• Mr Bergmann told NIT that clearing of an area approximately 10km by 10km has commenced on the cattle station last week. (ABC)Source: ABC
Nyikina Mangala Traditional Owners say a Chinese conglomerate has breached a land use agreement and destroyed important cultural sites.
NITV Staff Writer

7 Jun 2019 - 12:36 PM  UPDATED 7 Jun 2019 - 12:36 PM

An international corporation has allegedly breached an Indigenous Land Use Agreement (ILUA) on a cattle station in Northern Western Australia by clearing land to make way for irrigation channels and a dam.

The National Indigenous TImes has reported that Chinese super-company Shanghai CRED has failed to consult with Nyikina Mangala Traditional Owners or conduct appropriate environmental impact surveys regarding recent earth works on the Yakka Munga cattle station.

Nyikina Mangala Traditional Owner Wayne Bergmann yesterday alleged the international conglomerate had proceeded with clearing an area approximately 10km by 10km on the property last week, without native title approval.

Mr Bergmann, who is also a part-owner of the National Indigenous Times, claimed a representative from Shanghai CRED’s Australian arm, Zenith Australia Investment Holdings, told him the company was just building roads. 

 “I was blown away at seeing the extent of land clearing going on," the newspaper reported. "They’re building it twice as wide as the highway and scraping out water channels for irrigation,” Mr Bergmann said.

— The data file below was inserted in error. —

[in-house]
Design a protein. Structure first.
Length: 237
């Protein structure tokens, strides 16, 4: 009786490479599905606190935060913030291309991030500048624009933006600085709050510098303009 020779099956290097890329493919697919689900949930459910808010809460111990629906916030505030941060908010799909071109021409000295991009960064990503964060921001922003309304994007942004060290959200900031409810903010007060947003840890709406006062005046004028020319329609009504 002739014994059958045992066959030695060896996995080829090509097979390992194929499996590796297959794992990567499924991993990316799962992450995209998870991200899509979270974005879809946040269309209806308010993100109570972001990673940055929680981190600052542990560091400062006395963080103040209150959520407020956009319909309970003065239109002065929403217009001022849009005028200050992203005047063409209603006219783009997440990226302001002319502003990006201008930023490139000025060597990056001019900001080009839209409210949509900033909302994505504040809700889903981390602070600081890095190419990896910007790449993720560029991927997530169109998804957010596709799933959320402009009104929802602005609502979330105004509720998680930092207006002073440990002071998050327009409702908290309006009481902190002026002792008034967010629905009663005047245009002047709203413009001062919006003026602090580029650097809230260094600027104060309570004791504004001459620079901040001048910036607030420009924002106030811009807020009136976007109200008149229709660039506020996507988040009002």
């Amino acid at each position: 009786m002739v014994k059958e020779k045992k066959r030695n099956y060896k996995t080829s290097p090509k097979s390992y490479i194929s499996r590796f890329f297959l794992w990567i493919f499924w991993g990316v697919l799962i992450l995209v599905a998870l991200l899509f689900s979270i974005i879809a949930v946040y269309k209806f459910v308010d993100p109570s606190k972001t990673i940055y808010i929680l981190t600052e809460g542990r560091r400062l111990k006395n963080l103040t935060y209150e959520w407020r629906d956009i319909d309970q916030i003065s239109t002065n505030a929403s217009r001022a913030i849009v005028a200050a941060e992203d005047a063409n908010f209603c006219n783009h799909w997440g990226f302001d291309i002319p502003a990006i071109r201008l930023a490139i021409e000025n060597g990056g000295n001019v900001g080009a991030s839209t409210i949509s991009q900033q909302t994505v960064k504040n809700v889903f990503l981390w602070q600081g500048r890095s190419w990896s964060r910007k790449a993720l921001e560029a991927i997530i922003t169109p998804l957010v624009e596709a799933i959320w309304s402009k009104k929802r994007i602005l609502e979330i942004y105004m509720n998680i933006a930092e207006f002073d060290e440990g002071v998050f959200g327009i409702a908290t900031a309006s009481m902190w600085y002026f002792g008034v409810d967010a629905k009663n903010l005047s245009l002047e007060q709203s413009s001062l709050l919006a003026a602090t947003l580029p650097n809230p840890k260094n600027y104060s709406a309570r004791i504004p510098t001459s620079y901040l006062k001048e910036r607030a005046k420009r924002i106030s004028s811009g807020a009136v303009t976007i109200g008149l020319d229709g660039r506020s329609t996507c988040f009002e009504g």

“This area was once populated with our ancestors. They’ve knocked over important trees and places where our people historically have been buried. There’s been no heritage survey or clearance or approval by Traditional Owners.”

Native title group, Walalakoo Aboriginal Corporation has since requested a stop work order from WA State Government ministers, including from the Agriculture and Food Minister Alannah MacTiernan, Environment Minister Stephen Dawson, and Aboriginal Affairs Minister Ben Wyatt, the Times reported.

In 2016, Shanghai Cred purchased Yakka Munga station from Buru Energy, for around $9 million and is WA’s biggest landholder owning vast cattle stations in the Kimberley, the state's Goldfields region and farms on the edge of the Wheatbelt.

According to a 2018 WA ministerial document, Shanghai Cred is also co-owner of Australian Outback Beef (AOB) in partnership with Gina Rheinhardt's mining and agricultural business Hancock Prospecting. AOB's assets include  80,000 square kilometers of cattle stations across three states and the Northern Territory. 

Indigenous elders oppose Warragamba plan
Indigenous elders say the NSW government hasn't fully checked the area affected by a plan to raise the wall of Warragamba Dam for cultural artefacts and sites.
Scullion defends giving Indigenous funds to cattle and fishing lobbies
The NT senator says "it was less than 1 per cent" of the funding available and that in the long run it will expedite the land claims process.